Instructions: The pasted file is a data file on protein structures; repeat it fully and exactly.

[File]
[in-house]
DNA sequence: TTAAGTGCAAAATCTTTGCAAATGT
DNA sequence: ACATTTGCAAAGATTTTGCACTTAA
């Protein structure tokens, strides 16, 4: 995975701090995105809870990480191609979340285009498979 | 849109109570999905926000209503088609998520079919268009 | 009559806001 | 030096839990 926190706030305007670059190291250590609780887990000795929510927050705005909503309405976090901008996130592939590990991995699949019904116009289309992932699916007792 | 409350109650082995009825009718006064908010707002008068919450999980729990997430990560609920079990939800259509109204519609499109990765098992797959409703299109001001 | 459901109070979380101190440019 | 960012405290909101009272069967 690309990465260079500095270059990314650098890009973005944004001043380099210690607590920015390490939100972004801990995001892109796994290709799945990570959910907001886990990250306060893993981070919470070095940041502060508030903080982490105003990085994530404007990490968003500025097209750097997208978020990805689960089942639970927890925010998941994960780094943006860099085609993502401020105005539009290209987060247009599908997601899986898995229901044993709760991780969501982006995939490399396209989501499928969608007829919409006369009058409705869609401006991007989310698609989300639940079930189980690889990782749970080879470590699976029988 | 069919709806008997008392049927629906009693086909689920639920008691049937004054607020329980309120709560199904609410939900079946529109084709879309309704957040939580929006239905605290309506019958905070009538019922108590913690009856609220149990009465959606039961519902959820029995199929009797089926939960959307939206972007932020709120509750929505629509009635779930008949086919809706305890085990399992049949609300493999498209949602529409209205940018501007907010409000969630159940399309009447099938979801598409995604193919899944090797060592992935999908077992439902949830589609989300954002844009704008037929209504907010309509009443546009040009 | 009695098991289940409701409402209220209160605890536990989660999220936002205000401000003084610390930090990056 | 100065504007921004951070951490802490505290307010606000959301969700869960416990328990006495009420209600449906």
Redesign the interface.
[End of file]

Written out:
[in-house]
DNA sequence: TTAAGTGCAAAATCTTTGCAAATGT
DNA sequence: ACATTTGCAAAGATTTTGCACTTAA
């Protein structure tokens, strides 16, 4: 995975701090995105809870990480191609979340285009498979 | 849109109570999905926000209503088609998520079919268009 | 009559806001 | 030096839990 926190706030305007670059190291250590609780887990000795929510927050705005909503309405976090901008996130592939590990991995699949019904116009289309992932699916007792 | 409350109650082995009825009718006064908010707002008068919450999980729990997430990560609920079990939800259509109204519609499109990765098992797959409703299109001001 | 459901109070979380101190440019 | 960012405290909101009272069967 690309990465260079500095270059990314650098890009973005944004001043380099210690607590920015390490939100972004801990995001892109796994290709799945990570959910907001886990990250306060893993981070919470070095940041502060508030903080982490105003990085994530404007990490968003500025097209750097997208978020990805689960089942639970927890925010998941994960780094943006860099085609993502401020105005539009290209987060247009599908997601899986898995229901044993709760991780969501982006995939490399396209989501499928969608007829919409006369009058409705869609401006991007989310698609989300639940079930189980690889990782749970080879470590699976029988 | 069919709806008997008392049927629906009693086909689920639920008691049937004054607020329980309120709560199904609410939900079946529109084709879309309704957040939580929006239905605290309506019958905070009538019922108590913690009856609220149990009465959606039961519902959820029995199929009797089926939960959307939206972007932020709120509750929505629509009635779930008949086919809706305890085990399992049949609300493999498209949602529409209205940018501007907010409000969630159940399309009447099938979801598409995604193919899944090797060592992935999908077992439902949830589609989300954002844009704008037929209504907010309509009443546009040009 | 009695098991289940409701409402209220209160605890536990989660999220936002205000401000003084610390930090990056 | 100065504007921004951070951490802490505290307010606000959301969700869960416990328990006495009420209600449906």
Redesign the interface.